IT is the showpiece road bridge which when opened four years ago was heralded by First Minister Nicola Sturgeon as "a symbol of a confident, forward-looking Scotland" and a "feat of modern engineering".

But the Queensferry Crossing has had to be shut down for two years running due to the potential danger of falling ice.

Last year it emerged that new sensors failed to give enough warning to shut the crossing connecting Edinburgh and Fife before ice fell causing potential danger to motorists.

Now it has emerged that new efforts to solve the ice fall issues had to be postponed due to equipment breakdown at the Jules Verne Climatic Wind Tunnel in Nantes.

This week will see laboratory tests carried out on potential methods of mitigating against ice build-up on the crossing, having been postponed from October.

Transport Scotland-appointed road maintenance firm Bear Scotland said that a specialised research facility will allow them to recreate the conditions that cause ice accretion and test the impact of cleaning and of specialised coatings and de-icing compounds on a full-size section of Queensferry Crossing cable.

READ MORE: Sensors again fail to stop danger to motorists from falling ice on Queensferry Crossing

Chris Tracey, Bear Scotland’s unit bridges manager for south east Scotland said:“There is no existing proven solution for preventing ice accretion, so the team has been carefully reviewing and examining a variety of possible options to determine which are worthy of further research and development.


Queuing traffic on the A876 after the bridge was closed

"A number of options have been ruled out, however some are being taken forward for further investigations, testing and development. A peer review panel of international experts has been assembled to assist with this process.

“This is painstaking work, and it has taken until now to reach the stage where we are ready to test possible solutions.”

Since last winter, nine new optical and thermal cameras have been installed on the towers for the purpose of monitoring ice – three on each tower.

An additional nine thermal sensors have also been installed on the shortest stay cables, to detect subtle changes in surface temperature.

These are in addition to the five clusters of weather sensors installed on the bridge in 2020 and thermal sensors installed during construction as part of the bridge’s structural health monitoring system.

Mr Tracey warned: “Cameras and sensors will not prevent ice accretion; however they will improve our understanding of the issue and give us some early warning when the conditions that cause ice accretion occur.

"They will also help us to confirm forecasts and determine when it is safe to reopen the bridge.

“If conditions conducive to ice accretion are forecast, Bear Scotland staff will be mobilised to respond quickly. Ice monitoring teams will patrol and inspect the bridge and staff in the control room will closely monitor live data from the weather sensors and cameras, in consultation with expert meteorologists. We will close the bridge and divert the traffic if ice formations are observed on the tower or cables, or witnessed falling onto the carriageway.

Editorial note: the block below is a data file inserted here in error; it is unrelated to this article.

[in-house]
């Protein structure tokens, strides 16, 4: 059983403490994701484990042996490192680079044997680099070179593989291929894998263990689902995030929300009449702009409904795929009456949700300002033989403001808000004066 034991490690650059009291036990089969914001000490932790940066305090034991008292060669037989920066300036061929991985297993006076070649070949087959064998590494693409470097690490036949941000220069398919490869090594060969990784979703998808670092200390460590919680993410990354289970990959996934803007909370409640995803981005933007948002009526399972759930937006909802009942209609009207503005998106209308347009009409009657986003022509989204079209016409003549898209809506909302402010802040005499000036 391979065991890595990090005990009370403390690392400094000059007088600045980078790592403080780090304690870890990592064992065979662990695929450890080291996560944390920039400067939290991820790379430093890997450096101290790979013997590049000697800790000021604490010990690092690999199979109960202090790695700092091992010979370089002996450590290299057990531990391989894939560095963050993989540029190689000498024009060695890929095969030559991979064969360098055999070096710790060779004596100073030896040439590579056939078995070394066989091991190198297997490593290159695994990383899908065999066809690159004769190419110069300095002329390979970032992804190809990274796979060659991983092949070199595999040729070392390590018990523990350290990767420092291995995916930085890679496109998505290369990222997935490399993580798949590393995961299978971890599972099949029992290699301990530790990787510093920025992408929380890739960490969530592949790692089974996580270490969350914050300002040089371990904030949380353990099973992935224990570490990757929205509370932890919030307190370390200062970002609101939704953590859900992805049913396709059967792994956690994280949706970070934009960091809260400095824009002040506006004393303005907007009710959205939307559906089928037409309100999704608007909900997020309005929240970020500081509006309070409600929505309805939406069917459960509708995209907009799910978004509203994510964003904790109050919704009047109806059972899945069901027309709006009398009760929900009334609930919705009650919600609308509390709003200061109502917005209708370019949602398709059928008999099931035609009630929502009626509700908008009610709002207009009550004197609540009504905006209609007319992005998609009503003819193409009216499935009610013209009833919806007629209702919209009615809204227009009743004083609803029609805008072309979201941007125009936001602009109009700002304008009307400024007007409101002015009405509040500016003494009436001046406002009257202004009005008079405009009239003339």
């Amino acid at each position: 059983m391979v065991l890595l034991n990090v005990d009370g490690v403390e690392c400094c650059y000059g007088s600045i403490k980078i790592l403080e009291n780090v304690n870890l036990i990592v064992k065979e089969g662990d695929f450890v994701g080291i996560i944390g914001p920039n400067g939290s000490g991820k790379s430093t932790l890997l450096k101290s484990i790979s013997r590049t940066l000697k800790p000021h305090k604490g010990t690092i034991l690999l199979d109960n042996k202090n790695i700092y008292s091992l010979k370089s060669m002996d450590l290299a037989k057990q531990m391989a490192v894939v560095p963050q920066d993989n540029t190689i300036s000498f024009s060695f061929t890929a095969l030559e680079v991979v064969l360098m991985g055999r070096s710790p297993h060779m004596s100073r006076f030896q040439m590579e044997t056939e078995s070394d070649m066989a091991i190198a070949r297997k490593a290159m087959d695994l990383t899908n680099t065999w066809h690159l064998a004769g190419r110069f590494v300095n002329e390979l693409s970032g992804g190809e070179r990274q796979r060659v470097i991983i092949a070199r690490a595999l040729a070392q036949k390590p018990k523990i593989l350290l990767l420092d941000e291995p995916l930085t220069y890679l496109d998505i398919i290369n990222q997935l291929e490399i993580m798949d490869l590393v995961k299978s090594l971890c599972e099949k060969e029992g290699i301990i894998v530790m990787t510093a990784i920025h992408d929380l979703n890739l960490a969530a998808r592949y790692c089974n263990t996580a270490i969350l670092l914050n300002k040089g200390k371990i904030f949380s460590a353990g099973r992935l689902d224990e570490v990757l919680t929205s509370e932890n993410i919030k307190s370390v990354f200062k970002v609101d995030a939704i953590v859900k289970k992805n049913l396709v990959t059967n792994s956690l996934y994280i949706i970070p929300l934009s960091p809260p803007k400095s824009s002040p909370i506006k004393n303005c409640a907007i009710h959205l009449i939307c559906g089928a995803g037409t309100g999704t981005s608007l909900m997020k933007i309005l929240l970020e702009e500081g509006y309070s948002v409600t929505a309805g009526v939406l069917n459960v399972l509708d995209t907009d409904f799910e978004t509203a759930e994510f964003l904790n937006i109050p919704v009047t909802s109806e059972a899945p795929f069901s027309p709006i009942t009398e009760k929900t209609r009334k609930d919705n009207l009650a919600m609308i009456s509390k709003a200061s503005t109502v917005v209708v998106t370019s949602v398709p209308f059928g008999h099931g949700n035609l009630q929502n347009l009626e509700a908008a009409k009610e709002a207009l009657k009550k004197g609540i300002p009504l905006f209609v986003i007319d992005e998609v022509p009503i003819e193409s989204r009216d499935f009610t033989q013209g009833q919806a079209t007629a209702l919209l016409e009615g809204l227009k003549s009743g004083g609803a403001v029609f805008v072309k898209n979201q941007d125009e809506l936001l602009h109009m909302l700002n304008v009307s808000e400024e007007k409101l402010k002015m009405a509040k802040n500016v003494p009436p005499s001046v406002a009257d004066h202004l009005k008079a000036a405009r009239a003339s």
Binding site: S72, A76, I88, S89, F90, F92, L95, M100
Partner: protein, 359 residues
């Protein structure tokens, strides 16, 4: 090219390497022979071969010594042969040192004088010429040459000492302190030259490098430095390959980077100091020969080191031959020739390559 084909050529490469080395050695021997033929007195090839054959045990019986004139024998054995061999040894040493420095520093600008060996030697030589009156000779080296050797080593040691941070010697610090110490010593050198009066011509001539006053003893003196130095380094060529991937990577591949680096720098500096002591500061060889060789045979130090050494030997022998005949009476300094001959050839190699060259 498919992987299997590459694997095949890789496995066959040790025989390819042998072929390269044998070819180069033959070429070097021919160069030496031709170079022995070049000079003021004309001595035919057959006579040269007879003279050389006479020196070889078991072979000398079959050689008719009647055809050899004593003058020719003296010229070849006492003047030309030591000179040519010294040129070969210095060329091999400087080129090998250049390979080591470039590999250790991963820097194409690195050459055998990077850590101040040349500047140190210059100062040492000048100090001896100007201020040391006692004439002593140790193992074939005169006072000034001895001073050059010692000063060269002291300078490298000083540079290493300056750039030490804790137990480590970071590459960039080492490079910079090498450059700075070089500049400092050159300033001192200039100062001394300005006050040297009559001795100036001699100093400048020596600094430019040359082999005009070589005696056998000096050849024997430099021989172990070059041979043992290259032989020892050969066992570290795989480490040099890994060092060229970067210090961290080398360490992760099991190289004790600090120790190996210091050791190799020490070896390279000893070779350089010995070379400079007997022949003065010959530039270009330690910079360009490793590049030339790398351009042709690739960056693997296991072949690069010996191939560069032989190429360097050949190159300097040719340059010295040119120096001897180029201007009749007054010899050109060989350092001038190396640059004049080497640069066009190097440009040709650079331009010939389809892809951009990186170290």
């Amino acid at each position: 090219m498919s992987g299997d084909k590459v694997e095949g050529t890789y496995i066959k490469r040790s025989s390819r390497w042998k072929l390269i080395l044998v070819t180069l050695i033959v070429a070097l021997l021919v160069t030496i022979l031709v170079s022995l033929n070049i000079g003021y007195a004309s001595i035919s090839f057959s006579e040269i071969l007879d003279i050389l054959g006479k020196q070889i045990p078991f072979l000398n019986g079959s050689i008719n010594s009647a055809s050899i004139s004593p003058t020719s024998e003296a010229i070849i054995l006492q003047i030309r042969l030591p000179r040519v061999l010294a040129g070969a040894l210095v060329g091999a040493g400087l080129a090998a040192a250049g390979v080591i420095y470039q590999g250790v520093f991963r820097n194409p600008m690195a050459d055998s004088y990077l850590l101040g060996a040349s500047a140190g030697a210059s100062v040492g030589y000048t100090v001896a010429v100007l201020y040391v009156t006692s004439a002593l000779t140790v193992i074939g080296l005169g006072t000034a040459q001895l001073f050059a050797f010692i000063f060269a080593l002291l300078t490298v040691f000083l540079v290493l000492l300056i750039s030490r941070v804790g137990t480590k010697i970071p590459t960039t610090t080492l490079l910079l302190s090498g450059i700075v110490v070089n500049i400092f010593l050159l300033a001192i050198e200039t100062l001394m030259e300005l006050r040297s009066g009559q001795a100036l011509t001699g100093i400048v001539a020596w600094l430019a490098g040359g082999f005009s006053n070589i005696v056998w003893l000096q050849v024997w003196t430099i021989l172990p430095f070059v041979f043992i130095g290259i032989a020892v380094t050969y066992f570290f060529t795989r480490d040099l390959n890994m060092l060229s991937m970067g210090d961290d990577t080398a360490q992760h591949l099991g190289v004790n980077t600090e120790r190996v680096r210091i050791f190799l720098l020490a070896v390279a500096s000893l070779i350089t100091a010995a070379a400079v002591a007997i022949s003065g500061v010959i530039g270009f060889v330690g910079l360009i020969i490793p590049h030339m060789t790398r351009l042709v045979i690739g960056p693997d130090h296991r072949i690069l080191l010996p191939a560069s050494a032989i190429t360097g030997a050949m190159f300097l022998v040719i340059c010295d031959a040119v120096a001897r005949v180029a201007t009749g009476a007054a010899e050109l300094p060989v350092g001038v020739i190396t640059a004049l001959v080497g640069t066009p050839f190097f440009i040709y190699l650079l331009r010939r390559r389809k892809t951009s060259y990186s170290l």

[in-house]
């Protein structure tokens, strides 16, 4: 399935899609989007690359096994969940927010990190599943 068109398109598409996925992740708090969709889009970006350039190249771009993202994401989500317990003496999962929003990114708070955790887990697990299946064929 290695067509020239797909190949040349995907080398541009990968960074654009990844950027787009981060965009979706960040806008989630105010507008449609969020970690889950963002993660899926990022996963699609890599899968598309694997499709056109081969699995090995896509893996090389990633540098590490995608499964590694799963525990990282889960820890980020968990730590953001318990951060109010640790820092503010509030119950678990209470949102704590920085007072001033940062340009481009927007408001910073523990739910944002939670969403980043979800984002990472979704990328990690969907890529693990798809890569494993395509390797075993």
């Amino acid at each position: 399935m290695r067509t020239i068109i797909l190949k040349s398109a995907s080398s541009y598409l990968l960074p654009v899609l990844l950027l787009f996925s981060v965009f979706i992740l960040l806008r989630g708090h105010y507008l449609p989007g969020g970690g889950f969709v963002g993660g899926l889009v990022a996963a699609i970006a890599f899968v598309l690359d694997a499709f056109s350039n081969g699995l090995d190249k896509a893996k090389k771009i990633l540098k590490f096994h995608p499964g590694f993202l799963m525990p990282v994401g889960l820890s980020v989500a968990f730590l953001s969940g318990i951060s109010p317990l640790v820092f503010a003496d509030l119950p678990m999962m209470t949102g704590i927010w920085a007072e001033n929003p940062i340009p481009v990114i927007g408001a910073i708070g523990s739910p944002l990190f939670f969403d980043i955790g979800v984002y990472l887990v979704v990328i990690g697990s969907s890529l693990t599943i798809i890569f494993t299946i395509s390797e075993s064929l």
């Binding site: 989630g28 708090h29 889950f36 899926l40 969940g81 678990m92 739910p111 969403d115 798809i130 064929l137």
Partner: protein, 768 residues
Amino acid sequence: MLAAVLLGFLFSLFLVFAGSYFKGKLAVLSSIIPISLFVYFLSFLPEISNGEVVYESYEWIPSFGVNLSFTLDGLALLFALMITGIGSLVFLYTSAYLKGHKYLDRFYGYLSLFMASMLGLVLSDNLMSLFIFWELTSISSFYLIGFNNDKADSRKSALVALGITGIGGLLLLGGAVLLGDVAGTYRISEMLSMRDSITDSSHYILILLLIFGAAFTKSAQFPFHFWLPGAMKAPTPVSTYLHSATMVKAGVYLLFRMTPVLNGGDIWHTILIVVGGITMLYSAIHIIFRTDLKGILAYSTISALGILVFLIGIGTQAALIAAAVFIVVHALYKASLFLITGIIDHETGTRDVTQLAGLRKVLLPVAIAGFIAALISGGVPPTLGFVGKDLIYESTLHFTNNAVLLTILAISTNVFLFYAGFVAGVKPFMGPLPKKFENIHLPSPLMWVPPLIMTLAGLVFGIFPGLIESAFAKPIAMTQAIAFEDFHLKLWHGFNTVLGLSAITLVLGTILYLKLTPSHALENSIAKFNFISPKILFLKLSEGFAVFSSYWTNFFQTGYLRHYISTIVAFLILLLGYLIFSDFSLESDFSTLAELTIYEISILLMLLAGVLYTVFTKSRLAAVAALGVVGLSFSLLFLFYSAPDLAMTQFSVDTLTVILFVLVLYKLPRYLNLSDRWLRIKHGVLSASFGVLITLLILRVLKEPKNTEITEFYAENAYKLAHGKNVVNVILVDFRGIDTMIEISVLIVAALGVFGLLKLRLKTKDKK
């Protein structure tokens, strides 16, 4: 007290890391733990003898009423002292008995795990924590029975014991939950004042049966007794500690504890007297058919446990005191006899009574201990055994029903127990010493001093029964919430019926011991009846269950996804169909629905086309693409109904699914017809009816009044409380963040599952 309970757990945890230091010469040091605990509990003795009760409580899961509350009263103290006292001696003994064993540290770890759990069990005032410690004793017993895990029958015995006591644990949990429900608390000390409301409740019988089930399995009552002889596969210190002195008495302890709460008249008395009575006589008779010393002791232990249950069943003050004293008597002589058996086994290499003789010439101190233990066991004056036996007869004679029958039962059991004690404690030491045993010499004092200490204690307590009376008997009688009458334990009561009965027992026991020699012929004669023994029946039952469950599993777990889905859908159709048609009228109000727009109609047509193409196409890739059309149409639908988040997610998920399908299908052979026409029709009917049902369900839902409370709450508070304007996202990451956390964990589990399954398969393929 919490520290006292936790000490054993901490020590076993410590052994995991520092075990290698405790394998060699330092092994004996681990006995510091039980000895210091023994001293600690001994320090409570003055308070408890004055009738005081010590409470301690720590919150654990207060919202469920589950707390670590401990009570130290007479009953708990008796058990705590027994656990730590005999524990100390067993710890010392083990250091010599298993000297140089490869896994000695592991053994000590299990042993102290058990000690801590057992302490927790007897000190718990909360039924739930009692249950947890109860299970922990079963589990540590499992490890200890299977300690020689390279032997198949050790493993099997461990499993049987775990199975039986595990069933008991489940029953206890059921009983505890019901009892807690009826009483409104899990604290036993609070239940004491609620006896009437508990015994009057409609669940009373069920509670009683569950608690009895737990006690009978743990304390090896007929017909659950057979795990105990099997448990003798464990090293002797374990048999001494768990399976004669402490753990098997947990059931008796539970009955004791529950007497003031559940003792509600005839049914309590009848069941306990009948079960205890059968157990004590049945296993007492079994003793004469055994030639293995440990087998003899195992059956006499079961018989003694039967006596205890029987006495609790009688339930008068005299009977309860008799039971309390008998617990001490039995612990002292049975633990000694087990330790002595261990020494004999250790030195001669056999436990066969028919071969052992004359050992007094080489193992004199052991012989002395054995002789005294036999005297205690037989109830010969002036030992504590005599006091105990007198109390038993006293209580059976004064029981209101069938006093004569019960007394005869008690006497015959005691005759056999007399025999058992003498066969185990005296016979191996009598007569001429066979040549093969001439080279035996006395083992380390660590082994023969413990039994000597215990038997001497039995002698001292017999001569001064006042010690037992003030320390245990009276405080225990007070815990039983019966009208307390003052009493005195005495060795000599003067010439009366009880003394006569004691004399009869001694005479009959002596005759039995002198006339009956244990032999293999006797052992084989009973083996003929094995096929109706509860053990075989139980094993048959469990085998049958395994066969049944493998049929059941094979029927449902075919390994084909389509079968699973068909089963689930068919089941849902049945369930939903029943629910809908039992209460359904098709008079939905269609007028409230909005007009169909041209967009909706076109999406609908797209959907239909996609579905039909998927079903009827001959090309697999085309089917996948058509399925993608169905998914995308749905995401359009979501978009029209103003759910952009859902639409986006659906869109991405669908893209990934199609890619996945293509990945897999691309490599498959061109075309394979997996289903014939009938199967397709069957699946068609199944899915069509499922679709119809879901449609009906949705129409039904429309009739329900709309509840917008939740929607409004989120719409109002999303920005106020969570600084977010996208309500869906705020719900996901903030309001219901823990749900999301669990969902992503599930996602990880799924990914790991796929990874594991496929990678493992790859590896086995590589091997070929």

READ MORE: Farce Road Bridge: Disbelief as Queensferry Crossing forced to shut yet again despite new ice sensors

“We don’t know when the next ice accretion event will occur, but road users can be assured that we are exploring every option for mitigating this risk and reducing the disruption caused if the Queensferry Crossing does need to close.”

This Sunday marks the anniversary of the crossing being shut to vehicular traffic in both directions after patrol staff had noticed ice falling.


Workers clean the cables on the north tower of the Crossing 

It was the third winter in a row that falling ice had plagued the £1.35bn crossing and the second time it had been forced to shut down.

At the time, Bear Scotland said that a weather sensor system reported "conditions conducive for ice formation" several minutes before the ice fell.

But it was only after the ice had fallen that the road was shut for four hours.

A month later falling ice hit a roads maintenance vehicle.

Local MSPs in and around Fife raised concerns about the development and Scottish Conservative mid-Scotland and Fife MSP Dean Lockhart described it as a "national embarrassment".

In November, last year, as new ice sensors were installed, transport secretary Michael Matheson suggested lessons had been learnt from the previous winter's issues which saw ice fall onto cars for the second time in a year.

According to original contractor information there was already a multi-million pound real-time sensor system with 2,300 installed, which included the measuring of environmental impact. These include anemometers to measure wind, barometers, rainfall gauges, air temperature and humidity sensors.

Transport Scotland was previously criticised for lack of action after reports of ice falling on vehicles in February, last year.

Before it opened, bridge operators said the 3.5m high wind shields, would "almost entirely eliminate the need for closures".

Ice on the cables was considered as a "potential issue" during the design of the bridge, but Transport Scotland's road maintenance contractor Bear Scotland said it was expected to be a "relatively rare event" with the climate experienced at the Forth.

When the bridge was under construction in 2016, then transport secretary Derek Mackay assured the Scottish Parliament that "the decision to build in structural health monitoring as part of the new Queensferry crossing - a first for a UK bridge - is an example of the efforts that will safeguard that essential crossing for the future".